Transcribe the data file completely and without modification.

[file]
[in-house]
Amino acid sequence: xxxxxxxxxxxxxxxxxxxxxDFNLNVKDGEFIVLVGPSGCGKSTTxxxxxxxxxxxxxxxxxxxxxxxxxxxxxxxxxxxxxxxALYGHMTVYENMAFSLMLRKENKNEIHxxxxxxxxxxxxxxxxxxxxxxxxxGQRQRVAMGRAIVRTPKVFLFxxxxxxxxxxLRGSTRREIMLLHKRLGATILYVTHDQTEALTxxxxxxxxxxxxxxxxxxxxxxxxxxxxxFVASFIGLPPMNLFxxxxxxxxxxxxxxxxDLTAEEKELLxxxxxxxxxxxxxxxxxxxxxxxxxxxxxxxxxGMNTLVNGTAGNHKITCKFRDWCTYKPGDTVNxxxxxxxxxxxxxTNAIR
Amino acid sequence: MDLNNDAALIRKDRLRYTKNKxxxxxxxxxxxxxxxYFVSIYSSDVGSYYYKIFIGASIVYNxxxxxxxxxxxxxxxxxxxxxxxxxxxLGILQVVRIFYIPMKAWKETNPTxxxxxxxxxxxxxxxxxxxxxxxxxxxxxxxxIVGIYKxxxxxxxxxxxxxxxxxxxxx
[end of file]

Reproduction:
[in-house]
Amino acid sequence: xxxxxxxxxxxxxxxxxxxxxDFNLNVKDGEFIVLVGPSGCGKSTTxxxxxxxxxxxxxxxxxxxxxxxxxxxxxxxxxxxxxxxALYGHMTVYENMAFSLMLRKENKNEIHxxxxxxxxxxxxxxxxxxxxxxxxxGQRQRVAMGRAIVRTPKVFLFxxxxxxxxxxLRGSTRREIMLLHKRLGATILYVTHDQTEALTxxxxxxxxxxxxxxxxxxxxxxxxxxxxxFVASFIGLPPMNLFxxxxxxxxxxxxxxxxDLTAEEKELLxxxxxxxxxxxxxxxxxxxxxxxxxxxxxxxxxGMNTLVNGTAGNHKITCKFRDWCTYKPGDTVNxxxxxxxxxxxxxTNAIR
Amino acid sequence: MDLNNDAALIRKDRLRYTKNKxxxxxxxxxxxxxxxYFVSIYSSDVGSYYYKIFIGASIVYNxxxxxxxxxxxxxxxxxxxxxxxxxxxLGILQVVRIFYIPMKAWKETNPTxxxxxxxxxxxxxxxxxxxxxxxxxxxxxxxxIVGIYKxxxxxxxxxxxxxxxxxxxxx